The transformation of King’s Cross Station for Network Rail has been a complex, multi-phased project. The train shed and range buildings have been adapted and re-used, the station’s previously obscured Grade I listed façade is being restored, and a new, expressive Western Concourse has been designed as a centrepiece and the 'beating heart' of the project. The brief encompassed conversion of the Victorian sub-platform vaults to contain new servicing systems, the creation of a new platform, which required a 200m excavation under the Eastern Range, the upgrade of all other platforms, and a new train shed bridge and vertical circulation, all platform and sub-platform services.
The project’s most significant design and engineering challenge was the creation of the new 8,000 sq m concourse, 120 m wide by 20 m high, designed to accommodate existing and future capacity from 2012. Critical architectural and engineering constraints included the retention of the existing Grade I listed Western Range façades and concurrent construction of London Underground’s concourses and ticket halls beneath the proposed new concourse.
The design of the main structural supports for the Western Concourse matches the irregular subsurface structural grid at key points, and directing significant forces away from the foundations of the Western Range and the Great Northern Hotel, without affecting their historic façades. Sixteen steel perimeter tree-form columns and a central funnel structure support the lightweight steel diagrid shell structure, creating a cavernous space with a dramatic, double arch span. The canopy’s formal elegance optimised modularity and repetition in structural and envelope components, which in turn significantly reduced prefabrication costs and allowed rapid erection.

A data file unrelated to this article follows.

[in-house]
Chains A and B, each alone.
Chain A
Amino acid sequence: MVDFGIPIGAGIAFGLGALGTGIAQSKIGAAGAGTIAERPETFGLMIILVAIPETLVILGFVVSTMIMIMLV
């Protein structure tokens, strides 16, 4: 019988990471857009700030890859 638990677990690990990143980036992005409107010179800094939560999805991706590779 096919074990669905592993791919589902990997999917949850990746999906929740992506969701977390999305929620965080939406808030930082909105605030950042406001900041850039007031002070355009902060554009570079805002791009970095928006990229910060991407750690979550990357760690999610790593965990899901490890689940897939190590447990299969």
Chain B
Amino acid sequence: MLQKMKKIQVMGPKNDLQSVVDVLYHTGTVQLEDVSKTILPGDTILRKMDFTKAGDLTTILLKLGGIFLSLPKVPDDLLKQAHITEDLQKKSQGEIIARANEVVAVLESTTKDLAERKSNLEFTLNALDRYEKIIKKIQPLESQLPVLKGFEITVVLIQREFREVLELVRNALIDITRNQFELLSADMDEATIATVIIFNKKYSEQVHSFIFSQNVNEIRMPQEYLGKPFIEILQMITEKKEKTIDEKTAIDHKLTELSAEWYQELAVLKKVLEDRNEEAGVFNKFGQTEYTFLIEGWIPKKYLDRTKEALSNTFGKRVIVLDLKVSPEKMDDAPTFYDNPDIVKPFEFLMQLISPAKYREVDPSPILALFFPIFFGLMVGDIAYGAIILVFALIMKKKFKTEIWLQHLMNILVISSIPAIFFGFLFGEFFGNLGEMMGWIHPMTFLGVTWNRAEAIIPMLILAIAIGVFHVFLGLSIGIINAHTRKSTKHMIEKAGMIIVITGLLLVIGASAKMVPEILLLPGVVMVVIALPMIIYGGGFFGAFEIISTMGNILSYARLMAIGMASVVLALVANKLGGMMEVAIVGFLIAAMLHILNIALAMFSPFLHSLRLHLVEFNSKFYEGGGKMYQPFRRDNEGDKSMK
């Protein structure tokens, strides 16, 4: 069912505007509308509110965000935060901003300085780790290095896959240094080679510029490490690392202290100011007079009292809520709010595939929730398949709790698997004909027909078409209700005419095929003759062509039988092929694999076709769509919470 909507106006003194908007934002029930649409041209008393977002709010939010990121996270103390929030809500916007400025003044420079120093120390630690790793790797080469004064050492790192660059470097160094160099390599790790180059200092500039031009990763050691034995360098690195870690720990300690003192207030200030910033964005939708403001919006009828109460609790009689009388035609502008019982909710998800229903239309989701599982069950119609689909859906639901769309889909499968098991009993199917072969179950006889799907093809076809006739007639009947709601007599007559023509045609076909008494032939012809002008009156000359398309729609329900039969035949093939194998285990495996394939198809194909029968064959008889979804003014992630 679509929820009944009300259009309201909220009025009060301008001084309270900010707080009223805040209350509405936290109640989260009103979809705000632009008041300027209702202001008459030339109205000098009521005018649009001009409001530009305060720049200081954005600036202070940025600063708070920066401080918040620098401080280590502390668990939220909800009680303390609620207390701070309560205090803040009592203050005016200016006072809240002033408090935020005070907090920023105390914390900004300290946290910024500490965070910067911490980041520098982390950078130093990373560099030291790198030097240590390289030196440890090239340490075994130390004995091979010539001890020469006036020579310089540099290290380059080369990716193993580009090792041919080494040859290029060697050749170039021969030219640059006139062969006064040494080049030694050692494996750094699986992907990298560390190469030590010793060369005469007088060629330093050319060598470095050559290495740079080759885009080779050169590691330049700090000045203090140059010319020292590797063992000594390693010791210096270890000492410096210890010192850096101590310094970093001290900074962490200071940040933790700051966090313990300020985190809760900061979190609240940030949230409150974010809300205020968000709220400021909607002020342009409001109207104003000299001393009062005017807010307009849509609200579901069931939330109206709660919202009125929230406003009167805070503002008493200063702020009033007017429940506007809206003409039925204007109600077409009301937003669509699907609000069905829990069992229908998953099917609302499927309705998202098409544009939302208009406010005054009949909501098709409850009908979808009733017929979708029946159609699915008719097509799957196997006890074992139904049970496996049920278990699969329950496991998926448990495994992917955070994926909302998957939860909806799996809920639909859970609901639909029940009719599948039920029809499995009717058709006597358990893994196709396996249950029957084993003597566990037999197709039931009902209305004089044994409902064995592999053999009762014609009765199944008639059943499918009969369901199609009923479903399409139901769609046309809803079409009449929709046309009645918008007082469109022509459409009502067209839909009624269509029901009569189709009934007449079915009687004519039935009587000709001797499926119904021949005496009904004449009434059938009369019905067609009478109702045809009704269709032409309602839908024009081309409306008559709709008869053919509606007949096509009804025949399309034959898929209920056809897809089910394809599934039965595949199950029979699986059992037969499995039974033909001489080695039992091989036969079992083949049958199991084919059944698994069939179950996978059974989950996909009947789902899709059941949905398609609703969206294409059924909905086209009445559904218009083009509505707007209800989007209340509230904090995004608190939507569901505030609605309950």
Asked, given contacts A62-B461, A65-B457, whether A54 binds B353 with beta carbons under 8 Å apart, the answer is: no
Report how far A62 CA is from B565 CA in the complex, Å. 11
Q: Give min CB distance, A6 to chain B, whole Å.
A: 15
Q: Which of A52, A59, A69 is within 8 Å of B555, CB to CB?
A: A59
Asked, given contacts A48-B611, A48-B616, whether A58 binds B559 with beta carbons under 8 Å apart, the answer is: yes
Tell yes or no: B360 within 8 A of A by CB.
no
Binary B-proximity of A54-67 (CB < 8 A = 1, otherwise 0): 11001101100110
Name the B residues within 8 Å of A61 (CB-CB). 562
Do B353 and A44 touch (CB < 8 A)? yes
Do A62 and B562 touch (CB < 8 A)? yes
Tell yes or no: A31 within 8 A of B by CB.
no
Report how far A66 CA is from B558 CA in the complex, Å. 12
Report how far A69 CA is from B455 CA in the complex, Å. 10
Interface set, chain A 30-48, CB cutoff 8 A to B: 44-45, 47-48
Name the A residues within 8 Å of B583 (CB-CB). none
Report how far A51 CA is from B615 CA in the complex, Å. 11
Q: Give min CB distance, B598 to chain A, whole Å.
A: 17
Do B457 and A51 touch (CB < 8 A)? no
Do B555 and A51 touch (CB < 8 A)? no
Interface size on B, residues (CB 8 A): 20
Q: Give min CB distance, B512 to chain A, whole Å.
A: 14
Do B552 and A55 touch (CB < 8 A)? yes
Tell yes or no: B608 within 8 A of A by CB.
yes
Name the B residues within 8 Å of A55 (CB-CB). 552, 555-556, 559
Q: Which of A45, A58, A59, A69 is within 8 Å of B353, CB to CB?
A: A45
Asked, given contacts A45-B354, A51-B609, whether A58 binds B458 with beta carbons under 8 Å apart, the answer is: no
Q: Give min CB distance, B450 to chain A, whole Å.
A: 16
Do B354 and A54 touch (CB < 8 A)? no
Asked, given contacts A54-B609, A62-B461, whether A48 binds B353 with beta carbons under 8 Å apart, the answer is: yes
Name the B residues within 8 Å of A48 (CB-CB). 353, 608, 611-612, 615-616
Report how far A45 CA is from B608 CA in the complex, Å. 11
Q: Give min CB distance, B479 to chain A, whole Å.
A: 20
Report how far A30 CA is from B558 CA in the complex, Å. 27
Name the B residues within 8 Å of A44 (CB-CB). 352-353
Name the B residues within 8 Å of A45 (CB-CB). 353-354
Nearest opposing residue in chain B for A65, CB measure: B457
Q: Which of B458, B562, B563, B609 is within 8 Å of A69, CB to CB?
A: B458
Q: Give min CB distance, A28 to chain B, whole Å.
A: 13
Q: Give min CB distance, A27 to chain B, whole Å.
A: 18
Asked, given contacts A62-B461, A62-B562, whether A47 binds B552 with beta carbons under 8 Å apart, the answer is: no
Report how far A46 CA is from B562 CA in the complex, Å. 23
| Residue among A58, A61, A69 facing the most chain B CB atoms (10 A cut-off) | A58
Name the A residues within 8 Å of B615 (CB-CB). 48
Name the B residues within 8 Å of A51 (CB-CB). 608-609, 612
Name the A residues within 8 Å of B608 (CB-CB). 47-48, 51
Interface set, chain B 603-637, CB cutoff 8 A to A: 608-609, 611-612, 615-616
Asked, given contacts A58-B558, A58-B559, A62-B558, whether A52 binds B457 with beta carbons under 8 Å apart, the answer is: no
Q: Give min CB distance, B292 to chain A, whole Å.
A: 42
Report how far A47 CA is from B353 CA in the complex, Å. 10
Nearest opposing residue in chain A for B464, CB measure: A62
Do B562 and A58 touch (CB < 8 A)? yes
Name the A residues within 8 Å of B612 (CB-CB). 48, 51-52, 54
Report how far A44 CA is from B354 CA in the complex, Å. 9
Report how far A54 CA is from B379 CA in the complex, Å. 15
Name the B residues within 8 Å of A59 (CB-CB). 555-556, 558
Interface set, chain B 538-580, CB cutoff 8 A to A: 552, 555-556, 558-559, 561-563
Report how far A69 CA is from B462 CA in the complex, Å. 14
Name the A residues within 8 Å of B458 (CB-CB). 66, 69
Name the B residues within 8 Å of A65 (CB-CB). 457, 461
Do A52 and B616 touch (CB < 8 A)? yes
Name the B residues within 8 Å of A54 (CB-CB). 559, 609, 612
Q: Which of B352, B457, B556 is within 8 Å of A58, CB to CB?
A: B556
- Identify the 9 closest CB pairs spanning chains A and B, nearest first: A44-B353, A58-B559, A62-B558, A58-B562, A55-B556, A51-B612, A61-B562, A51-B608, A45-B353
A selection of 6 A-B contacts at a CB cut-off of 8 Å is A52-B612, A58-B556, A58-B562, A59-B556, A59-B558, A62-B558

The concourse transforms passenger facilities, whilst significantly enhancing links to London Underground, train connections at St Pancras, Thameslink, as well as buses and taxis. The concourse is now the architectural gateway to the King’s Cross Central mixed-use developments to the north of the station, as well as a key approach to the eastern entrance of St Pancras International. It will also act as an extension to King’s Cross Square, the new plaza that will be formed between the station’s southern façade and Euston Road.